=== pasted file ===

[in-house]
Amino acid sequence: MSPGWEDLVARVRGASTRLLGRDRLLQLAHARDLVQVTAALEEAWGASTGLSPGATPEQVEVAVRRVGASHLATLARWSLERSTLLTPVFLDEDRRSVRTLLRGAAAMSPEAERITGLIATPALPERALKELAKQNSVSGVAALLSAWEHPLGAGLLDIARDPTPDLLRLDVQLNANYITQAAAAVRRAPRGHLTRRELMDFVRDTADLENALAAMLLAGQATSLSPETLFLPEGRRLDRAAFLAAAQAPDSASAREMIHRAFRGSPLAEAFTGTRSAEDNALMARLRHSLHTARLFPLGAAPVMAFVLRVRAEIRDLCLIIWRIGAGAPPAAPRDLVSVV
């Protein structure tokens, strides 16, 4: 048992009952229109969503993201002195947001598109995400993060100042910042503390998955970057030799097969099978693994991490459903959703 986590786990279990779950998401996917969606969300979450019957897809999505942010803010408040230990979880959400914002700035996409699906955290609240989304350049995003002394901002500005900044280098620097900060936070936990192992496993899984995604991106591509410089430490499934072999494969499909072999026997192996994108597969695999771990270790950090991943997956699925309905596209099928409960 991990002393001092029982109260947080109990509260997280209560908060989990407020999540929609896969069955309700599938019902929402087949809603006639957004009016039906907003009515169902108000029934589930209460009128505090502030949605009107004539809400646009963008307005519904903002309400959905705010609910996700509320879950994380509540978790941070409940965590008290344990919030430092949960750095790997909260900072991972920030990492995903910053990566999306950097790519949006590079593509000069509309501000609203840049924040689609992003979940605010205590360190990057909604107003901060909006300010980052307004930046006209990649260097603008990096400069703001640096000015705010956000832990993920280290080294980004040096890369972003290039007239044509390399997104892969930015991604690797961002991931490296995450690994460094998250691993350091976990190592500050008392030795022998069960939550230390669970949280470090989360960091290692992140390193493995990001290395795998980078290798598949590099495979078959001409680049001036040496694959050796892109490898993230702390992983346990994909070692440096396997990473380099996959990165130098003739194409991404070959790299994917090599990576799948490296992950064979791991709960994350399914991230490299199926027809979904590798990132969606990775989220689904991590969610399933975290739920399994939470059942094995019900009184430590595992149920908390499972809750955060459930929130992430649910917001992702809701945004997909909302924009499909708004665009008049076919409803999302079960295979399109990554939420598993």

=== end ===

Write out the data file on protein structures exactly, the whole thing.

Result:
[in-house]
Amino acid sequence: MSPGWEDLVARVRGASTRLLGRDRLLQLAHARDLVQVTAALEEAWGASTGLSPGATPEQVEVAVRRVGASHLATLARWSLERSTLLTPVFLDEDRRSVRTLLRGAAAMSPEAERITGLIATPALPERALKELAKQNSVSGVAALLSAWEHPLGAGLLDIARDPTPDLLRLDVQLNANYITQAAAAVRRAPRGHLTRRELMDFVRDTADLENALAAMLLAGQATSLSPETLFLPEGRRLDRAAFLAAAQAPDSASAREMIHRAFRGSPLAEAFTGTRSAEDNALMARLRHSLHTARLFPLGAAPVMAFVLRVRAEIRDLCLIIWRIGAGAPPAAPRDLVSVV
């Protein structure tokens, strides 16, 4: 048992009952229109969503993201002195947001598109995400993060100042910042503390998955970057030799097969099978693994991490459903959703 986590786990279990779950998401996917969606969300979450019957897809999505942010803010408040230990979880959400914002700035996409699906955290609240989304350049995003002394901002500005900044280098620097900060936070936990192992496993899984995604991106591509410089430490499934072999494969499909072999026997192996994108597969695999771990270790950090991943997956699925309905596209099928409960 991990002393001092029982109260947080109990509260997280209560908060989990407020999540929609896969069955309700599938019902929402087949809603006639957004009016039906907003009515169902108000029934589930209460009128505090502030949605009107004539809400646009963008307005519904903002309400959905705010609910996700509320879950994380509540978790941070409940965590008290344990919030430092949960750095790997909260900072991972920030990492995903910053990566999306950097790519949006590079593509000069509309501000609203840049924040689609992003979940605010205590360190990057909604107003901060909006300010980052307004930046006209990649260097603008990096400069703001640096000015705010956000832990993920280290080294980004040096890369972003290039007239044509390399997104892969930015991604690797961002991931490296995450690994460094998250691993350091976990190592500050008392030795022998069960939550230390669970949280470090989360960091290692992140390193493995990001290395795998980078290798598949590099495979078959001409680049001036040496694959050796892109490898993230702390992983346990994909070692440096396997990473380099996959990165130098003739194409991404070959790299994917090599990576799948490296992950064979791991709960994350399914991230490299199926027809979904590798990132969606990775989220689904991590969610399933975290739920399994939470059942094995019900009184430590595992149920908390499972809750955060459930929130992430649910917001992702809701945004997909909302924009499909708004665009008049076919409803999302079960295979399109990554939420598993």